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Grief by Erin Dunigan

Grief

My dad passed away fifteen years ago. He had been struggling with cancer for two years, so it was not a surprise when the day came, even though it was. Those of you who have been there know what I’m talking about. As much as you think you can do to prepare for that moment, you still are not prepared when it actually hits. My dad’s passing was peaceful, at home, amidst family and friends. It was actually a lovely sacred time – you could even call it a gift.

For the three years prior I had been studying theology, including courses in what is considered pastoral care – courses such as how to be present with people in difficult times, how to help families make difficult end of life decisions and how to deal with grief. So, though I would not have said so in so many words, somewhere under the surface I thought I had a handle on the whole ‘my dad is dying thing.’

It became clear very quickly that I thought wrong.

When my dad did actually pass it was as though the ground had been pulled out from under me. I was not a child – I was a grown adult in my mid 30’s. But even still, it felt as though the very ground that I walked on became unsteady, unstable, shifting. I felt as though I was looking for a firm place to stand and tapping with my foot, but I couldn’t seem to find anywhere to actually step down.

“Oh, this is just part of the grief process,” I told myself. There are traditionally thought to be give stages of grief, that can happen in any particular order and that can cycle as one moves through grief: denial, anger, bargaining, depression, and finally acceptance. Another thing I had learned is that there is no particular timeframe – grief can last far longer than one expects, or than others realize.

I had read. I had studied. I knew the five stages. I knew all ‘about’ grief – but it was not until I was in the midst of it that I realized, no amount of learning ‘about’ could save me from the ‘going through.’ I realized that somehow I thought I might protect myself from the grief, that I might be able to take a short-cut around it – I’ve studied this, I don’t need to actually feel it myself! What I learned when my dad died, more clearly than I had up to that point in my life, is that there is no short cut. Grief is something that one must travel through, not around. But I did also learn that it does not last forever. That in going through it, one actually does, eventually, get to the other side. That the grief does not have the last word. That the grief does eventually pass.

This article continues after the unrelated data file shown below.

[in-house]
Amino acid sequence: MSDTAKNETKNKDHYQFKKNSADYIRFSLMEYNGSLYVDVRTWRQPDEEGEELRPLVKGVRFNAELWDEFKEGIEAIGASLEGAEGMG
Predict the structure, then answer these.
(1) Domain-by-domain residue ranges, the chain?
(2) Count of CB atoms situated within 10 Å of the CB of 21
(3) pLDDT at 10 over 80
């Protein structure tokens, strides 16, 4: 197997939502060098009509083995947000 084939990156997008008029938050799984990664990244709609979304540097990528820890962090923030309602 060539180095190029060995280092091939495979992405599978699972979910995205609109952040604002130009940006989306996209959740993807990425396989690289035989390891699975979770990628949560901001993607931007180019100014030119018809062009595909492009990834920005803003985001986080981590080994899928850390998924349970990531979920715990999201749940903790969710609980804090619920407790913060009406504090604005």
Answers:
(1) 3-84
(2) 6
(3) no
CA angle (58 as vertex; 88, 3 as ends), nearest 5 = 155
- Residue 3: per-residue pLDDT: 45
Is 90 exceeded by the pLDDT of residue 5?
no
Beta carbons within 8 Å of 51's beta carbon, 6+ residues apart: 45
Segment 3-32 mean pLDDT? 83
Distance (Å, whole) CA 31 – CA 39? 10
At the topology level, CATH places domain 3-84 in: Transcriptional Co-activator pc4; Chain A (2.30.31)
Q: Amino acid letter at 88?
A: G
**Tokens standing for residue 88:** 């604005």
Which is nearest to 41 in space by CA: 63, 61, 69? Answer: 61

Of course I still miss my dad. But the missing is not as painful as […]

By |2020-03-25T10:43:44-07:00March 25th, 2020|Articles, Blog|Comments Off on Grief by Erin Dunigan

March Not Church Norte Goes Online

Not Church Norte will be gathering virtually by Zoom, this Wednesday, March 25th at 5 pm.

Click this link to join the meeting: https://zoom.us/j/9231159289 

or you can paste it into your browser.
Meeting ID 9231159289

PLEASE DO NOT JOIN THE MEETING UNTIL 5 PM
 
*You don’t need to have the ZOOM app to join the meeting, but it might be easier for you if you do.
You can download the FREE ZOOM APP from your phone or PC APP Store
By |2020-04-22T12:51:41-07:00March 23rd, 2020|About Events|Comments Off on March Not Church Norte Goes Online

Dr. Wayne Dyer on boosting your immune system in these challenging times….

“Years before his passing, Wayne’s full remission inspired us all and encouraged us to open our hearts and minds to the techniques he found to be so powerful. Ultimately, he showed that by shifting your mindset, empowering yourself, and making better food choices, you’re covering all your bases to…

…stay healthy, live a long life, keep your family protected, and so much more.” –Hay House